All dreams are good. Especially the bad ones.

Sleep science is all the rage, along with bespoke mattress companies, open-cell, poly-foam pillow design, and the promise that melatonin will lure you gently into that good night, minus the hallucination and hangover of pharmaceuticals.  Yet your subconscious couldn’t care less about the new sleep sound machine you’ve configured to “relaxing rainforest.”  Once you start snoozing and the heavy REMs arrive, the dreams come forth in bunches.  Naturally, you’d prefer to be uncovering a treasure chest filled with gold doubloons, seducing the fairest of them all, and waving from an open convertible as the ticker tape alights on your shoulders along the Canyon of Heroes.  But think about it: waking up from pleasant dreams into the cold light of reality is much more difficult than bolting upright after experiencing a twisted nightmare. As you wipe the sweat from your temples and realize you haven’t actually lost a limb to a tiger shark, or been fondled by your father, you can be grateful that the day ahead won’t involve a flock of purple vultures feasting on your intestines.    So celebrate all dreams, especially the god-awful ones.  They can serve to give you a new lease on life.  After all, you’re not standing naked in front of your classmates from grade school minus the speech you were supposed to memorize.*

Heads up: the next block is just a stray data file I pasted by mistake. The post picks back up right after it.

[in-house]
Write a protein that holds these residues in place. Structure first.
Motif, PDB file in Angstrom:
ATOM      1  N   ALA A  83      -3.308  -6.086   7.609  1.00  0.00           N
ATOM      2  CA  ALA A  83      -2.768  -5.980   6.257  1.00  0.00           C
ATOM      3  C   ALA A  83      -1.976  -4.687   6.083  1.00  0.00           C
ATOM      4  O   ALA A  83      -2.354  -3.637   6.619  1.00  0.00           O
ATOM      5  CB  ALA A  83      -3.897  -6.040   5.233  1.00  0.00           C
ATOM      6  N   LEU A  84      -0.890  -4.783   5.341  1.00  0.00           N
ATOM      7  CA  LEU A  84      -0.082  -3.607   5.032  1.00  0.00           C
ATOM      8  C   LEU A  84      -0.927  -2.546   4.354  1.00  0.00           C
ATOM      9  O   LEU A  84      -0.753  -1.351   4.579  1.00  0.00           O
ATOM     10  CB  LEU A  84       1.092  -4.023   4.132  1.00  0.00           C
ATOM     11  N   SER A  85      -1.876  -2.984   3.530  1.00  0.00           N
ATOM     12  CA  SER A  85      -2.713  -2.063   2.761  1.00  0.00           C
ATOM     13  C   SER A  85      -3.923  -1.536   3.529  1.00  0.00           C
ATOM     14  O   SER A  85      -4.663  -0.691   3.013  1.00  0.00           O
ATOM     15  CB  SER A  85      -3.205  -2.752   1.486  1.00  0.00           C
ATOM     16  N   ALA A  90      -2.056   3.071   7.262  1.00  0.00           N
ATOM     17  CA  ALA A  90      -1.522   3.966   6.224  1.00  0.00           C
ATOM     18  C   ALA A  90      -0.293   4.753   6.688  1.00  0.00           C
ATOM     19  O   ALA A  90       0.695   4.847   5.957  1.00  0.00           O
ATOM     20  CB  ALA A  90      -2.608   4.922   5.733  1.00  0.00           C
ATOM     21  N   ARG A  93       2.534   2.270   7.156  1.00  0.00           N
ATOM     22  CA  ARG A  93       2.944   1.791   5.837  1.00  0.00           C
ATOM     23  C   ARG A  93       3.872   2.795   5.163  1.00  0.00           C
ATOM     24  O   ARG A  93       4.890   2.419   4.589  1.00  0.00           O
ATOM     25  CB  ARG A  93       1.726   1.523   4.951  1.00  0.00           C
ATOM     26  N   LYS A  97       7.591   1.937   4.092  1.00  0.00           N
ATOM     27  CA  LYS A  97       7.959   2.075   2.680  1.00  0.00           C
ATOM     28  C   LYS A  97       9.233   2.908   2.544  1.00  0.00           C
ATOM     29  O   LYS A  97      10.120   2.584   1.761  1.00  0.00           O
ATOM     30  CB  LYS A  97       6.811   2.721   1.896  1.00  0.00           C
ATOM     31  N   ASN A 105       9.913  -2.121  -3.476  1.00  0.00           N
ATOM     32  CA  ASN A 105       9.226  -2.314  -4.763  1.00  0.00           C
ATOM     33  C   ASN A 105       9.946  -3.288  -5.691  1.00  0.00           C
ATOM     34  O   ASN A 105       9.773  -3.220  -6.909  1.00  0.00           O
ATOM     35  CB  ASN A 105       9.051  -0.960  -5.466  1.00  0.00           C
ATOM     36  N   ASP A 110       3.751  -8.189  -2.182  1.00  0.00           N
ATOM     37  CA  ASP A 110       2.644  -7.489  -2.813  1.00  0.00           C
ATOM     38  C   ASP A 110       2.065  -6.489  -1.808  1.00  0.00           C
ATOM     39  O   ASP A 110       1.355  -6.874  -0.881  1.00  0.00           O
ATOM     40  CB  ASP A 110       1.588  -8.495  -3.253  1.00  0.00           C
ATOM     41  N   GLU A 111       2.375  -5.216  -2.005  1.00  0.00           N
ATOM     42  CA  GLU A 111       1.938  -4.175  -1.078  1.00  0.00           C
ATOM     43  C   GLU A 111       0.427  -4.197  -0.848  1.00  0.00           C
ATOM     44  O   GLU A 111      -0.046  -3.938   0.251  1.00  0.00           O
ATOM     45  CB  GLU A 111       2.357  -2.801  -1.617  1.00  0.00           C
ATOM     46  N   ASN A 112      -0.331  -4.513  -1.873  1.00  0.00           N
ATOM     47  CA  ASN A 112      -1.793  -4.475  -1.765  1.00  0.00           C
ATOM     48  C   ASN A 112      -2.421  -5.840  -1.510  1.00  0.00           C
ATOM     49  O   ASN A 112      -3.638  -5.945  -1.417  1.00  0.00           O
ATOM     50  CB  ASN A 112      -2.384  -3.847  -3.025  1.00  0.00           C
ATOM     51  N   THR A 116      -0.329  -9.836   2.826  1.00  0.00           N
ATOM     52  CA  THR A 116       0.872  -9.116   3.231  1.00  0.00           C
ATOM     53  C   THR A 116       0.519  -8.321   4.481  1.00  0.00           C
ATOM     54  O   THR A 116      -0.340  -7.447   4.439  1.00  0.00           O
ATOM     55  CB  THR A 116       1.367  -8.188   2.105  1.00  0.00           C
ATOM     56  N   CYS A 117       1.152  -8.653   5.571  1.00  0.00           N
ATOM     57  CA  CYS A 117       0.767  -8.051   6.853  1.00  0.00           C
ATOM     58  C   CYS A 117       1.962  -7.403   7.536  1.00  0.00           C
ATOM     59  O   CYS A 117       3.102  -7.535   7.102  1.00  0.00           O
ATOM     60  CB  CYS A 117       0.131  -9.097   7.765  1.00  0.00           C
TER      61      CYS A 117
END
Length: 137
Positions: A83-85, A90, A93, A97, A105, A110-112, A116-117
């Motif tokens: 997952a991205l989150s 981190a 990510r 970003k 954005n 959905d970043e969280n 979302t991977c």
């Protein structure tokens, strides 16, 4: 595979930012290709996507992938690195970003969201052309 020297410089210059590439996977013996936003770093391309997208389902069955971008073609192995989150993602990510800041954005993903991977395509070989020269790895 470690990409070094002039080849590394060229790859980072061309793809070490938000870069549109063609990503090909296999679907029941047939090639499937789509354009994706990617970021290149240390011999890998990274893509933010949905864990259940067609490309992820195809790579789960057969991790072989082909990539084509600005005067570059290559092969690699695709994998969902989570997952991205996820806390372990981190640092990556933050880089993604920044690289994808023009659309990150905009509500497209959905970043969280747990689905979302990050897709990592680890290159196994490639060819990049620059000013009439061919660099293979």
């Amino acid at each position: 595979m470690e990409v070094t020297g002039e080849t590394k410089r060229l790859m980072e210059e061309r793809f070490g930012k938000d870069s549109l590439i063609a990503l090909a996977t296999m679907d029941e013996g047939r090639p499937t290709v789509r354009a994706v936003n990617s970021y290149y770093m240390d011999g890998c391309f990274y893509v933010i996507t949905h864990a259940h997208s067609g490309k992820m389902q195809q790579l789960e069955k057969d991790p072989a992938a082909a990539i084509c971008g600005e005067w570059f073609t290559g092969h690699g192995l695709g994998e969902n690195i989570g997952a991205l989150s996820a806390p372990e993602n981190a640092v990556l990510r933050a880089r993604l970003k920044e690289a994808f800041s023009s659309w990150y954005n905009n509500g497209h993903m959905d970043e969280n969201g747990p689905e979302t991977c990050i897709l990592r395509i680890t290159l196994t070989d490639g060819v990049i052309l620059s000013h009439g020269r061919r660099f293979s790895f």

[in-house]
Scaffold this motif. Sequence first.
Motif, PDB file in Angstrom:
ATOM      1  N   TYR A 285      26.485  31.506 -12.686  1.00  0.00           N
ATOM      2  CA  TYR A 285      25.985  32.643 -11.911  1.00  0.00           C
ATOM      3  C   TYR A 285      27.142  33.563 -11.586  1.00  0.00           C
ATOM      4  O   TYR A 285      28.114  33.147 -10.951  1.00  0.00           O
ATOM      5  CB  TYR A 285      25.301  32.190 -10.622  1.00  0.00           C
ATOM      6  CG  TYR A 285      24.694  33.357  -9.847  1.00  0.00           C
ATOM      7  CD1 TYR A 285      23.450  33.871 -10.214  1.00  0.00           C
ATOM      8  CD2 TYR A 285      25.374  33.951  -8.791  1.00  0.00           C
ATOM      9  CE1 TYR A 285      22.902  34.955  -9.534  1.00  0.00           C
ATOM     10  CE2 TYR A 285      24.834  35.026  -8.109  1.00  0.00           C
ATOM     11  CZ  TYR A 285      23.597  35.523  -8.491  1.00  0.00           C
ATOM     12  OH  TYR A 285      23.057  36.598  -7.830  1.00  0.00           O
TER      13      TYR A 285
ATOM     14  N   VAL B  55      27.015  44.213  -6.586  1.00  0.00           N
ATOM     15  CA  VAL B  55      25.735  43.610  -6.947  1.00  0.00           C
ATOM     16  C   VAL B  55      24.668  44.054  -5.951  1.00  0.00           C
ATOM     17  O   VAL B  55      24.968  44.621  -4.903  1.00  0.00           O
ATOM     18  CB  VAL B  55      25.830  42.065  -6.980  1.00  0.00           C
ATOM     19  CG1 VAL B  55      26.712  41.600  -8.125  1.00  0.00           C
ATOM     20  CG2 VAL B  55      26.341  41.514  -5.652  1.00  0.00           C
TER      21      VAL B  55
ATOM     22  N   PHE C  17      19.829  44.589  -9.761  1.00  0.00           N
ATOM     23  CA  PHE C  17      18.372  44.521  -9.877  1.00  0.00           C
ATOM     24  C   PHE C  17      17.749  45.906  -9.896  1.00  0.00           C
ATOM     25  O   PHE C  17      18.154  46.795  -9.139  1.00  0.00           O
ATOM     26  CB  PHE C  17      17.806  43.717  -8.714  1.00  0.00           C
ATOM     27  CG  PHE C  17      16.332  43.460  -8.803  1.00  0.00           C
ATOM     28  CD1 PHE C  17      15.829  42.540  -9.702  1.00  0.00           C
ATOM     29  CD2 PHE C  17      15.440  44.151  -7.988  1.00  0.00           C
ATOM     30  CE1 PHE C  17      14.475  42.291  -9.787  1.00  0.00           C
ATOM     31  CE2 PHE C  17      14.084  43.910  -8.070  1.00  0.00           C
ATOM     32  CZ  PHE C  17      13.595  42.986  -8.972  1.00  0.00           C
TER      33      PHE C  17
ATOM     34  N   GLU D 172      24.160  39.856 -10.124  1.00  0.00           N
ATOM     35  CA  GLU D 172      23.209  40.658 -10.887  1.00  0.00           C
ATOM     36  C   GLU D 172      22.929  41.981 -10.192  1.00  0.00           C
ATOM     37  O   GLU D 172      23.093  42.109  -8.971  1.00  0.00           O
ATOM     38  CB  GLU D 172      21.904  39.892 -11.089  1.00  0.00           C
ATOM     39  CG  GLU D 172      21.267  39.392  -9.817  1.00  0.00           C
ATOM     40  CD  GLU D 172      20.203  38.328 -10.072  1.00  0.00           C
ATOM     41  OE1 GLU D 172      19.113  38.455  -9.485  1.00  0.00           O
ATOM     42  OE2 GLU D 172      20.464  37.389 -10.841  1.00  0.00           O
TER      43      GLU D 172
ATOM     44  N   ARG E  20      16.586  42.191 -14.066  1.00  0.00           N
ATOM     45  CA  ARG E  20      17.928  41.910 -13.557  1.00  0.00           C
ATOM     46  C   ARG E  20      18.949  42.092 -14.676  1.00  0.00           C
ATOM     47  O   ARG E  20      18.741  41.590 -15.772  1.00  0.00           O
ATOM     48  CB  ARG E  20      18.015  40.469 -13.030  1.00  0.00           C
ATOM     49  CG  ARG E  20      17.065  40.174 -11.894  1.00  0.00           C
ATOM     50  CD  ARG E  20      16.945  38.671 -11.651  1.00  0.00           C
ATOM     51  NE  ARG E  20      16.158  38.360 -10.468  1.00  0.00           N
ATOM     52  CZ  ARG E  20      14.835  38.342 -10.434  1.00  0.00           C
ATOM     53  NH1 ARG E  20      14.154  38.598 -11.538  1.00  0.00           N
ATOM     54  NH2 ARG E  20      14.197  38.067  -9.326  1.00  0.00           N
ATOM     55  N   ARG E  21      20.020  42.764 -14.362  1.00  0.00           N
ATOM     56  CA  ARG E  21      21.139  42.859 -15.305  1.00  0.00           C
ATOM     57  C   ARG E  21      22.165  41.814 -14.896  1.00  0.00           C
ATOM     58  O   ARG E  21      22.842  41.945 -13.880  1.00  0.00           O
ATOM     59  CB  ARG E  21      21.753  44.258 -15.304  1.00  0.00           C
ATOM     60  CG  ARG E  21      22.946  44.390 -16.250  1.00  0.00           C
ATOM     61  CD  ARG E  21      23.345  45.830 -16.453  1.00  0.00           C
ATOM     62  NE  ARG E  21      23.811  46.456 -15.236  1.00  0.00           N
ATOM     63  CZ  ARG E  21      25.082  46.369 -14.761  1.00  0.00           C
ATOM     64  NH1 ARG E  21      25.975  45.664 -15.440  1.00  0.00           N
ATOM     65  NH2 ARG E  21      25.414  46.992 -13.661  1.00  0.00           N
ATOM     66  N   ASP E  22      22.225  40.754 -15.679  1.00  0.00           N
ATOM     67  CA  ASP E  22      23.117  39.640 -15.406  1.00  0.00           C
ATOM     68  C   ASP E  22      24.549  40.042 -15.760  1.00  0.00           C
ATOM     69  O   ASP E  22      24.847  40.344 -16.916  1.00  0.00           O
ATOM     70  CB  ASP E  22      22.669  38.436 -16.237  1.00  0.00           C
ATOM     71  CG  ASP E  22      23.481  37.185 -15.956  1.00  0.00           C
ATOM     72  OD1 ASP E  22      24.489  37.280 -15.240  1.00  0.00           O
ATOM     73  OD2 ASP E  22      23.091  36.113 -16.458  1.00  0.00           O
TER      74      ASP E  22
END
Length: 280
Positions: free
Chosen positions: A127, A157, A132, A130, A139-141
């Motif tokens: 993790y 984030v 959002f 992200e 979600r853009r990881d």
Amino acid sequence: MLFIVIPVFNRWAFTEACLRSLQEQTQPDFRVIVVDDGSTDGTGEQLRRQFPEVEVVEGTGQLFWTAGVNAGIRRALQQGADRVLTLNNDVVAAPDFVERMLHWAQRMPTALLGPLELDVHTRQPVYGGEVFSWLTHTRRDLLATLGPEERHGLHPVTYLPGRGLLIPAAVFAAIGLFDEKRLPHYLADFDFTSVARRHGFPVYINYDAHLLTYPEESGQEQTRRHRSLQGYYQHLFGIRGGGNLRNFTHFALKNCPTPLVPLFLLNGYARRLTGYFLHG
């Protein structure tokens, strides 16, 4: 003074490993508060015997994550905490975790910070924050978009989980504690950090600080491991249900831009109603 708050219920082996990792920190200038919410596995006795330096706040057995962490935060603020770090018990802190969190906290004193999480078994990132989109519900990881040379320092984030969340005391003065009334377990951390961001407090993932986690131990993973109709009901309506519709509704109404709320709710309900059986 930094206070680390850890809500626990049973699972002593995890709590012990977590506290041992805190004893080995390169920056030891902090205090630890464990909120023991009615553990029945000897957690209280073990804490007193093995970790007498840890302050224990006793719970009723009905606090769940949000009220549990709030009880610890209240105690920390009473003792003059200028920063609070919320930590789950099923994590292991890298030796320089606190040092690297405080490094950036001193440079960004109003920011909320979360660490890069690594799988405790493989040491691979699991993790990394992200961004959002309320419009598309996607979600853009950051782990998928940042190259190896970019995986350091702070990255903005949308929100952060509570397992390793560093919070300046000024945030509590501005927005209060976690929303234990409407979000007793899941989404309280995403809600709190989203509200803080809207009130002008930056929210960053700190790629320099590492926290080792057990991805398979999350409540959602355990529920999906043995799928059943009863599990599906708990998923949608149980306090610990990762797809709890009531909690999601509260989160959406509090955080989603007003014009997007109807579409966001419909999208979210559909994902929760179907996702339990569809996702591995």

*This can actually happen if you don’t remember to dress properly in the morning. Please make sure you belt your trousers securely.

Bonus suggestion:  Don’t try to repress undesired thoughts before bedtime. They’re more likely to find their way into your dreams that night.  This according to a study at Goethe University, Frankfurt. 

Illustration: Dream interpretation of birth.

More SuperOptimism:

Harry and Meghan have more problems than you.
Strike out on your own.
Break a record today!